Technical Questions Answered by Vic Lennard
Q As a drummer and subscriber to both Rhythm and MT, I require some help and information regarding computers and their use in writing and composing music.
Having just completed a course in computer literacy using IBM-compatible machines, I have overcome my initial phobia and am now very keen to realise the benefits that they can probably offer in composition. What make of computer should I use? What other hardware is necessary? What software packages and how much? What does all the jargon mean? Are there any books on the subject?
When choosing a computer it would also be ideal if I could use the same machine for word processing. Are the 'music' computers IBM-compatible or can you obtain WordPerfect V5.1 software to run on these machines?
At present, the furthest I have delved into electronics is via my Roland R-8 drum machine!
A Starting with which computer to use, my normal advice to people who are working to a budget is to make full use of what they already own - as sequencing programs exist for most computers. There is no such thing as a 'music computer' - any computer can be used for music as long as it has a MIDI interface which is sometimes built in, as with the Atari ST, or provided via an internal card or external box. If you are starting from scratch, you need to look at what other use you want to make of the computer, a question which, effectively, you have answered yourself.
Where the PC is concerned, there are two types of software, namely those that run under MS-DOS, the standard PC operating system, and those that require the Windows environment (an extra program) which is used to vastly enhance the visual side of programs. The Sequencer Bible published in last month's Music Technology gives you information on all of the sequencers, including the system they run under.
Sequencers running under Windows invariably require more memory (2 Mbyte or more) and an advanced processor (386 or better) while DOS applications can run in 512 or 640 Kbytes of memory and happily on a 286-based PC. You need to consider the prices of the various PC systems before deciding on a DOS or Windows sequencer. However, the visual side of notation and other editing screens invariably means that they are better catered for in a Windows program. If you want to work with notation, you are probably going to have to buy a 386-based PC with Windows. It's also worth noting that the latest version of Windows can handle digitised sound, an area you may wish to get involved in at a future date.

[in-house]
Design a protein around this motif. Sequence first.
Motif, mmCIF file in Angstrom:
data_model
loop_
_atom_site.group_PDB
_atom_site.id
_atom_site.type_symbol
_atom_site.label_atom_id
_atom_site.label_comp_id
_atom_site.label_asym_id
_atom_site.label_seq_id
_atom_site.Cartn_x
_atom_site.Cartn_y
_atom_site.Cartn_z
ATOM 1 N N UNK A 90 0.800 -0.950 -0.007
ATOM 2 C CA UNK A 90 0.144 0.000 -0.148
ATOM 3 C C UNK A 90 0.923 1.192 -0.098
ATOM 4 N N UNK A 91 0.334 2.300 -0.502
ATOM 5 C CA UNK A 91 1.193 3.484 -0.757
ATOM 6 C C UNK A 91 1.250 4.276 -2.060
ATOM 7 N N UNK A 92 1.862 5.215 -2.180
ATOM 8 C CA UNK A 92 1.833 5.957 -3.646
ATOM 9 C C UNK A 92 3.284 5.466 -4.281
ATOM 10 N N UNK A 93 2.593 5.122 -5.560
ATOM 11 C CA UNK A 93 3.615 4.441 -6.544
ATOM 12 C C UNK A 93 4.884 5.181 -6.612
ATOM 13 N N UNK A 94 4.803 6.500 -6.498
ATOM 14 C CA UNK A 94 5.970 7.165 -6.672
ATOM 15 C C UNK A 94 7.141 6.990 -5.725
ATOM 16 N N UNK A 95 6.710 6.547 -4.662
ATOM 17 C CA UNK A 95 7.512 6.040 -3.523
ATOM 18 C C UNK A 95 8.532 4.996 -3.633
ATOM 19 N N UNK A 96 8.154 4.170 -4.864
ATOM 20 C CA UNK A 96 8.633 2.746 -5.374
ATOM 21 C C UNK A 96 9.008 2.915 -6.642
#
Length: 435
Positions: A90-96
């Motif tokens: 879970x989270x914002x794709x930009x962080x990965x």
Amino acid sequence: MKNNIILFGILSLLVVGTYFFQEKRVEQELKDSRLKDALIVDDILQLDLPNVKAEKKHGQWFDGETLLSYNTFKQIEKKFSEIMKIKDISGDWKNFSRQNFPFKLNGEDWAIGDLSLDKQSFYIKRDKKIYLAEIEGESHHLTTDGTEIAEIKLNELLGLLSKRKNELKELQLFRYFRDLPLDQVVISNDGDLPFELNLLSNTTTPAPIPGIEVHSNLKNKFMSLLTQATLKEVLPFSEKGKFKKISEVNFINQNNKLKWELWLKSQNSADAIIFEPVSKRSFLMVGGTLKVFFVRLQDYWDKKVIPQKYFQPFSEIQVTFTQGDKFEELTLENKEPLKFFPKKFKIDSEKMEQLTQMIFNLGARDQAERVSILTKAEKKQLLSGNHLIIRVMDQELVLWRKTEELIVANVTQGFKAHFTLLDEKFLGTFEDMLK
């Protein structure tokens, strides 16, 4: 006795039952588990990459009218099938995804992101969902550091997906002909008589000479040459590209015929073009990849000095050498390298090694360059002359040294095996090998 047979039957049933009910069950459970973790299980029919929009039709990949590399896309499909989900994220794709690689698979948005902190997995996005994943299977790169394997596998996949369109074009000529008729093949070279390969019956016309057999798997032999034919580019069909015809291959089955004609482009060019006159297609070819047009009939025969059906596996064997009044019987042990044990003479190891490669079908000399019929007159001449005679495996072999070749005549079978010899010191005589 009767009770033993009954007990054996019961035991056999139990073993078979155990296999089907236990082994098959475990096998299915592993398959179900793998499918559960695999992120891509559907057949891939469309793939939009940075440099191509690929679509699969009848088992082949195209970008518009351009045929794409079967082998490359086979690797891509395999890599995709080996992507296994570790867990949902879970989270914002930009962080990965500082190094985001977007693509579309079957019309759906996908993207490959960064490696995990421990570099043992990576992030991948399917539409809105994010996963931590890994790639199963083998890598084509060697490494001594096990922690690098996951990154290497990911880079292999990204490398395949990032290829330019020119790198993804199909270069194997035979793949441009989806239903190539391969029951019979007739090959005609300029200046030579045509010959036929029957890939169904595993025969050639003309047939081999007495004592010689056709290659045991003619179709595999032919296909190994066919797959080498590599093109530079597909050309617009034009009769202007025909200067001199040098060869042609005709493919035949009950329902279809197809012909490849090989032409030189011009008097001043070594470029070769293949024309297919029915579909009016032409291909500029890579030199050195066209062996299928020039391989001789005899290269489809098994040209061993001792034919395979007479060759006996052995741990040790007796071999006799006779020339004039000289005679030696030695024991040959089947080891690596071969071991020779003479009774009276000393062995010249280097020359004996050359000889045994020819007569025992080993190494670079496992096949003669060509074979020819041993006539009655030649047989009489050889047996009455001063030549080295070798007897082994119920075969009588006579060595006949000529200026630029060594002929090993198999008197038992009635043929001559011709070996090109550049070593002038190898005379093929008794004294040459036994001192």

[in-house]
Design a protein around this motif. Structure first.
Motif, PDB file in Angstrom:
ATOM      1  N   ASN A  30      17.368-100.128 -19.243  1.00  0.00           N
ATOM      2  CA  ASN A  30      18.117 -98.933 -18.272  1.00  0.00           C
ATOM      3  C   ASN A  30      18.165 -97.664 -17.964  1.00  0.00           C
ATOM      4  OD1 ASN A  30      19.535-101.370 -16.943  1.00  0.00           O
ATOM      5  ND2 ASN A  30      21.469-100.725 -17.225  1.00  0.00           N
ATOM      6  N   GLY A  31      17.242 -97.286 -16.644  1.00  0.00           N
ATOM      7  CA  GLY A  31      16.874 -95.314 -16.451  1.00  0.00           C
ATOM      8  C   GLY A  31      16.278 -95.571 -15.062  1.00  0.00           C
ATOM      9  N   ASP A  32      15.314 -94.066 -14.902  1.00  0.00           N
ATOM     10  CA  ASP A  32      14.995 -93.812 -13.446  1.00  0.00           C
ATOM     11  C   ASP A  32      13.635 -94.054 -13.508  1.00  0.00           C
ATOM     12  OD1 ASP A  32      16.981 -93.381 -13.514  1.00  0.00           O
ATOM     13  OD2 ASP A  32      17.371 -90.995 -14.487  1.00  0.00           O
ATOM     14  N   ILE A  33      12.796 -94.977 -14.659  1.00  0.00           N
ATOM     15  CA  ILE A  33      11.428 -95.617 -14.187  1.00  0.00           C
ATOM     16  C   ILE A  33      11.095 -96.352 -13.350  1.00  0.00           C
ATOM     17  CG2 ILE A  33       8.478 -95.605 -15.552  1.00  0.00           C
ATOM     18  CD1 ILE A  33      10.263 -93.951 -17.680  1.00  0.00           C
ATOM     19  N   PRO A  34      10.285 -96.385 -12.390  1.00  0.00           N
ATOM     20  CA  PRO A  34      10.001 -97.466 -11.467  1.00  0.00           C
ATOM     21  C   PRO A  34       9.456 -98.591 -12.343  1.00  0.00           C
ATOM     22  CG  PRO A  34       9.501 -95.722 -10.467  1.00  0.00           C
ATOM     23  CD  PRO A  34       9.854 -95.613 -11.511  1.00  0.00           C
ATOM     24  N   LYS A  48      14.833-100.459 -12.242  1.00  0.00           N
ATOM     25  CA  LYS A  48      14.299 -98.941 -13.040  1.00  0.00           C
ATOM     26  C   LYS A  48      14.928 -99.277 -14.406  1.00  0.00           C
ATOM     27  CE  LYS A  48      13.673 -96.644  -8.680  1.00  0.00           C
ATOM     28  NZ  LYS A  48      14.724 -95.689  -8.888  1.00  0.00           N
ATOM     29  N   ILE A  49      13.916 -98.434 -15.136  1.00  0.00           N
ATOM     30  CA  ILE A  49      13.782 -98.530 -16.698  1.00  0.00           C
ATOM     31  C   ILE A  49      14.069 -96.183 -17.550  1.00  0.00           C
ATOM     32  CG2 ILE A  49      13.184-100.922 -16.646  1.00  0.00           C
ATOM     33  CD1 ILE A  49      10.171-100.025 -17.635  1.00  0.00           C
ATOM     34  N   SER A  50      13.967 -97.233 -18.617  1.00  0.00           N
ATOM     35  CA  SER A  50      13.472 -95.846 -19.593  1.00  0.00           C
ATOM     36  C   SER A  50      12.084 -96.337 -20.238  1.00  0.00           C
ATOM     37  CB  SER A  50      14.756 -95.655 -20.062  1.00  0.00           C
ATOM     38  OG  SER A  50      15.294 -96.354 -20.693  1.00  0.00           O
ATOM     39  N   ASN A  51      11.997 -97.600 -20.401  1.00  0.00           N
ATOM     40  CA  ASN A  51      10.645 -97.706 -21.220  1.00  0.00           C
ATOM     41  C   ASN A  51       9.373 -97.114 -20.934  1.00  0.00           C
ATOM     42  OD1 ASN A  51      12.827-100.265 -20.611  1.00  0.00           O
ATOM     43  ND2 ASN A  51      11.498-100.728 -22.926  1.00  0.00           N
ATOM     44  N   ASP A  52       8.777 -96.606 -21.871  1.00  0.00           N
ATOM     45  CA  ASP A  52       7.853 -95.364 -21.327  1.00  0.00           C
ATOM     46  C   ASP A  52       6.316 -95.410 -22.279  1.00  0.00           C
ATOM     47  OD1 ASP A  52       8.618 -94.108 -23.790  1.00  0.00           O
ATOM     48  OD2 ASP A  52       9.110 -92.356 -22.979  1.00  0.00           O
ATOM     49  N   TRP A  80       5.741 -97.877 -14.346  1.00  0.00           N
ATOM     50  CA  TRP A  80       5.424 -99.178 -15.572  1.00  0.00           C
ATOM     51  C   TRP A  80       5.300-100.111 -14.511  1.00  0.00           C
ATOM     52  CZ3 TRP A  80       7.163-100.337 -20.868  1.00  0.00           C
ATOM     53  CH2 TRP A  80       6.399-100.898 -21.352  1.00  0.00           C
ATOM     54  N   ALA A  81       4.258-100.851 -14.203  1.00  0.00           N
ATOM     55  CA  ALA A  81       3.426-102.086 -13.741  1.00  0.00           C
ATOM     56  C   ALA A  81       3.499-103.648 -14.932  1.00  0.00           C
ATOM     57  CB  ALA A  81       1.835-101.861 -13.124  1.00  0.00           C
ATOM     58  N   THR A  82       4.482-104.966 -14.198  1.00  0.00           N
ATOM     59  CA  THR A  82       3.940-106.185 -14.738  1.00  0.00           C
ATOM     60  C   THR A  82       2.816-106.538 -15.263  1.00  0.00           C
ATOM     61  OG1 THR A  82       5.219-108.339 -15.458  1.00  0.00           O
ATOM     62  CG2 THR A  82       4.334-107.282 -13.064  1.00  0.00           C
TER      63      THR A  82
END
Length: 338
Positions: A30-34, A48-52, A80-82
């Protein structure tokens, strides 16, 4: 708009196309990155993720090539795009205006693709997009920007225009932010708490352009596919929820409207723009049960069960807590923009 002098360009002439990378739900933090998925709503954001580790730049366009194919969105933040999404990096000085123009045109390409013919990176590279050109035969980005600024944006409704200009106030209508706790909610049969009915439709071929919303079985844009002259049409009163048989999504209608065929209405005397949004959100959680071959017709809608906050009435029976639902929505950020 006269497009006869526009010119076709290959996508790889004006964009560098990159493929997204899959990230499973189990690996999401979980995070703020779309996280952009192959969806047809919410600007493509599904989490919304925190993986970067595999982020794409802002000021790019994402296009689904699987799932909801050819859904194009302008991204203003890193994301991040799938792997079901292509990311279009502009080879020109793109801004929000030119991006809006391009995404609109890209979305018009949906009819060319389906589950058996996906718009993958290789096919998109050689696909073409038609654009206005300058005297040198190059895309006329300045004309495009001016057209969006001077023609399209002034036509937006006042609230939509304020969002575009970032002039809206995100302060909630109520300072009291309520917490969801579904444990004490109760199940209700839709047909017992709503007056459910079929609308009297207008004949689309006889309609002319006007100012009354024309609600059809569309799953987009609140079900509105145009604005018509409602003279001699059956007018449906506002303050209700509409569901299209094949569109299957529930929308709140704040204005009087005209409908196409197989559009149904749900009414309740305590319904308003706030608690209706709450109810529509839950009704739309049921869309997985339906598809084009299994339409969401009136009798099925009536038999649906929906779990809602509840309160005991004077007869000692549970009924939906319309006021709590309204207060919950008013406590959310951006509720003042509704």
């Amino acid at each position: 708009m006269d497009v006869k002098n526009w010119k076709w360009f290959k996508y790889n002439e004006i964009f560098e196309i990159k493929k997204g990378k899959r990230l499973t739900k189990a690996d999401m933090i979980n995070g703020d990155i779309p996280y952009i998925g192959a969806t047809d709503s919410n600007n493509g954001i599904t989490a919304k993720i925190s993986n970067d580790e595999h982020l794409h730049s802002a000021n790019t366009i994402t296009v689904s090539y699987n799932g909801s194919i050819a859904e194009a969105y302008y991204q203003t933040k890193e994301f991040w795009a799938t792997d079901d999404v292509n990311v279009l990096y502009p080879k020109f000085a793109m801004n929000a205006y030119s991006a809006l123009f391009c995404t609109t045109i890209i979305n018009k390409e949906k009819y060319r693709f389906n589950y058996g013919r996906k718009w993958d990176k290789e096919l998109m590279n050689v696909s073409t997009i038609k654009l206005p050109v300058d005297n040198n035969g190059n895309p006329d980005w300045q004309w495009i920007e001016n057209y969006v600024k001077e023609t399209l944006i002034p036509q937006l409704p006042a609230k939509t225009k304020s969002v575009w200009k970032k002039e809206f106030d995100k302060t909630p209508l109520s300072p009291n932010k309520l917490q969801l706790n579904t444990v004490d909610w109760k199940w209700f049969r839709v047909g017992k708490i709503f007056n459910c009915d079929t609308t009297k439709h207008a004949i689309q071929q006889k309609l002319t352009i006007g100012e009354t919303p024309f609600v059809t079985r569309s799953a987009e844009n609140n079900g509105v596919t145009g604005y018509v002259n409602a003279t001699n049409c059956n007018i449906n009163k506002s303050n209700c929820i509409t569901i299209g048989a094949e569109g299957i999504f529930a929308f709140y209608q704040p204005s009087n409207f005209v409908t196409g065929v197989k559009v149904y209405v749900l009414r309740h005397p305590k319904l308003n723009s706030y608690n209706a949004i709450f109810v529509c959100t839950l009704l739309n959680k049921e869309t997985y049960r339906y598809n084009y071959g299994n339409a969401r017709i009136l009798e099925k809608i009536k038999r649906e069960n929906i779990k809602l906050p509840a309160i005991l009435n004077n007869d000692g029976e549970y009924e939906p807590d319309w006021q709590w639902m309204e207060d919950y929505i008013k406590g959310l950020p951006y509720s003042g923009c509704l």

PCs do not have in-built MIDI sockets and so require a MIDI card which usually plugs into one of the slots on the rear panel. The cost of such a card depends on the facilities offered. For instance, a basic 1 MIDI In, 1 MIDI Out card starts from around £60 while one with multiple MIDI Ins and Outs - along with a time code generator for synchronising to a tape recorder - can cost £300 and more. You don't mention in your letter whether you have any sound modules or not. If you don't, you could consider the SoundBlaster card which has a basic synth on-board, or even the Roland SCC-1 which is a Sound Canvas on a card. Both of these include the necessary MIDI sockets.
What does all the jargon mean? Good question and one which Music Technology is currently addressing (at least, in part) through our MIDI By Example series. On the books front, there are various good titles available. If anyone needs a booklist of such titles, please drop me a line at UKMA, (Contact Details) with a stamp-addressed A4 envelope and I'll send you a list free of charge.
By the way, be careful which MIDI Merger you buy. If you are using a pair of Roland keyboards, the chances are that a MIDI message called Active Sensing is being transmitted by each of these and you need to make sure that the MIDI Merger ignores these as combining them could lead to audible delays. The 2M by Philip Rees ((Contact Details)) will certainly do the job.
Feedback by Vic Lennard
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